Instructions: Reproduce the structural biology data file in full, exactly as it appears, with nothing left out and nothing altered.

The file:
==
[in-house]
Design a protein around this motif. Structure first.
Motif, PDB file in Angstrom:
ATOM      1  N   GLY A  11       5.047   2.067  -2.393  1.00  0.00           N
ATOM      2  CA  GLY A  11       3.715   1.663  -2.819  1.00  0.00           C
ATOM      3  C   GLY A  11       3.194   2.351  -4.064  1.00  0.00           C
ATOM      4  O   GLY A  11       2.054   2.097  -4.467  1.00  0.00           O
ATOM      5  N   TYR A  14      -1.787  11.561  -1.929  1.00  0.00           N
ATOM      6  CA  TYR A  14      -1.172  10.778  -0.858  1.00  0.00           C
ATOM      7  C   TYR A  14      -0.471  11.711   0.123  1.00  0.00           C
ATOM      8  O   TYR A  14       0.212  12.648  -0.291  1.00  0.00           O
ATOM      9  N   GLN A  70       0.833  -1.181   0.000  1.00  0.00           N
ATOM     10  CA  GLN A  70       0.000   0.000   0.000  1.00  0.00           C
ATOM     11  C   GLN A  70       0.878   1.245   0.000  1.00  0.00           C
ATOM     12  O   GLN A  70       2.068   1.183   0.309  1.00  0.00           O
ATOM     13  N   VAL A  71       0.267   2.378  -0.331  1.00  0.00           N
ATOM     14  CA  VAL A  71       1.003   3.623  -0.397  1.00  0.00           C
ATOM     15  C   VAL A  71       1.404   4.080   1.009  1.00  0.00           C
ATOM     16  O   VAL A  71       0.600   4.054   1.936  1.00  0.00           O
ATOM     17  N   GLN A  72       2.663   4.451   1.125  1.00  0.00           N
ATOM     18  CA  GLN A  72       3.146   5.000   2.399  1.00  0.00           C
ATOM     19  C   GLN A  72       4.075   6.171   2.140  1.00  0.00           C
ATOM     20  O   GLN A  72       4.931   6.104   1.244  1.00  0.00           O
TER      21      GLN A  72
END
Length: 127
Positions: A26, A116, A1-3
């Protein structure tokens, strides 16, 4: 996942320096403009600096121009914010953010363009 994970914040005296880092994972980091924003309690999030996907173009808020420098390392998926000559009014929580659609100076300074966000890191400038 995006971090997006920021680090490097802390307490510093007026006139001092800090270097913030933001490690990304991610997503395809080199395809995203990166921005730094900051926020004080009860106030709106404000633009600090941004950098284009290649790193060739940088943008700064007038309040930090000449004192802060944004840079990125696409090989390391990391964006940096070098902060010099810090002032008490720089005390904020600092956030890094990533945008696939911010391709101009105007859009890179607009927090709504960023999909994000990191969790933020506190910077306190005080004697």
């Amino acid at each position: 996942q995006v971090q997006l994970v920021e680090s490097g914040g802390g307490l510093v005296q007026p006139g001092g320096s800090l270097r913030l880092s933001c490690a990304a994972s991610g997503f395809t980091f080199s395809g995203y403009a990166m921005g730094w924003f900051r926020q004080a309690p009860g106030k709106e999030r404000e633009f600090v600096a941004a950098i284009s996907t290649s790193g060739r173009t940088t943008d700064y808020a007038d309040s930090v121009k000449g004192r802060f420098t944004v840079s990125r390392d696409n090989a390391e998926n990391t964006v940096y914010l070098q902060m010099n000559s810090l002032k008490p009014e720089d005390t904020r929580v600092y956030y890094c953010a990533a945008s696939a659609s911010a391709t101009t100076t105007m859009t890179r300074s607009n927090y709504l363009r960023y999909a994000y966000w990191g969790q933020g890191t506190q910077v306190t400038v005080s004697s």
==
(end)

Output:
[in-house]
Design a protein around this motif. Structure first.
Motif, PDB file in Angstrom:
ATOM      1  N   GLY A  11       5.047   2.067  -2.393  1.00  0.00           N
ATOM      2  CA  GLY A  11       3.715   1.663  -2.819  1.00  0.00           C
ATOM      3  C   GLY A  11       3.194   2.351  -4.064  1.00  0.00           C
ATOM      4  O   GLY A  11       2.054   2.097  -4.467  1.00  0.00           O
ATOM      5  N   TYR A  14      -1.787  11.561  -1.929  1.00  0.00           N
ATOM      6  CA  TYR A  14      -1.172  10.778  -0.858  1.00  0.00           C
ATOM      7  C   TYR A  14      -0.471  11.711   0.123  1.00  0.00           C
ATOM      8  O   TYR A  14       0.212  12.648  -0.291  1.00  0.00           O
ATOM      9  N   GLN A  70       0.833  -1.181   0.000  1.00  0.00           N
ATOM     10  CA  GLN A  70       0.000   0.000   0.000  1.00  0.00           C
ATOM     11  C   GLN A  70       0.878   1.245   0.000  1.00  0.00           C
ATOM     12  O   GLN A  70       2.068   1.183   0.309  1.00  0.00           O
ATOM     13  N   VAL A  71       0.267   2.378  -0.331  1.00  0.00           N
ATOM     14  CA  VAL A  71       1.003   3.623  -0.397  1.00  0.00           C
ATOM     15  C   VAL A  71       1.404   4.080   1.009  1.00  0.00           C
ATOM     16  O   VAL A  71       0.600   4.054   1.936  1.00  0.00           O
ATOM     17  N   GLN A  72       2.663   4.451   1.125  1.00  0.00           N
ATOM     18  CA  GLN A  72       3.146   5.000   2.399  1.00  0.00           C
ATOM     19  C   GLN A  72       4.075   6.171   2.140  1.00  0.00           C
ATOM     20  O   GLN A  72       4.931   6.104   1.244  1.00  0.00           O
TER      21      GLN A  72
END
Length: 127
Positions: A26, A116, A1-3
């Protein structure tokens, strides 16, 4: 996942320096403009600096121009914010953010363009 994970914040005296880092994972980091924003309690999030996907173009808020420098390392998926000559009014929580659609100076300074966000890191400038 995006971090997006920021680090490097802390307490510093007026006139001092800090270097913030933001490690990304991610997503395809080199395809995203990166921005730094900051926020004080009860106030709106404000633009600090941004950098284009290649790193060739940088943008700064007038309040930090000449004192802060944004840079990125696409090989390391990391964006940096070098902060010099810090002032008490720089005390904020600092956030890094990533945008696939911010391709101009105007859009890179607009927090709504960023999909994000990191969790933020506190910077306190005080004697």
């Amino acid at each position: 996942q995006v971090q997006l994970v920021e680090s490097g914040g802390g307490l510093v005296q007026p006139g001092g320096s800090l270097r913030l880092s933001c490690a990304a994972s991610g997503f395809t980091f080199s395809g995203y403009a990166m921005g730094w924003f900051r926020q004080a309690p009860g106030k709106e999030r404000e633009f600090v600096a941004a950098i284009s996907t290649s790193g060739r173009t940088t943008d700064y808020a007038d309040s930090v121009k000449g004192r802060f420098t944004v840079s990125r390392d696409n090989a390391e998926n990391t964006v940096y914010l070098q902060m010099n000559s810090l002032k008490p009014e720089d005390t904020r929580v600092y956030y890094c953010a990533a945008s696939a659609s911010a391709t101009t100076t105007m859009t890179r300074s607009n927090y709504l363009r960023y999909a994000y966000w990191g969790q933020g890191t506190q910077v306190t400038v005080s004697s």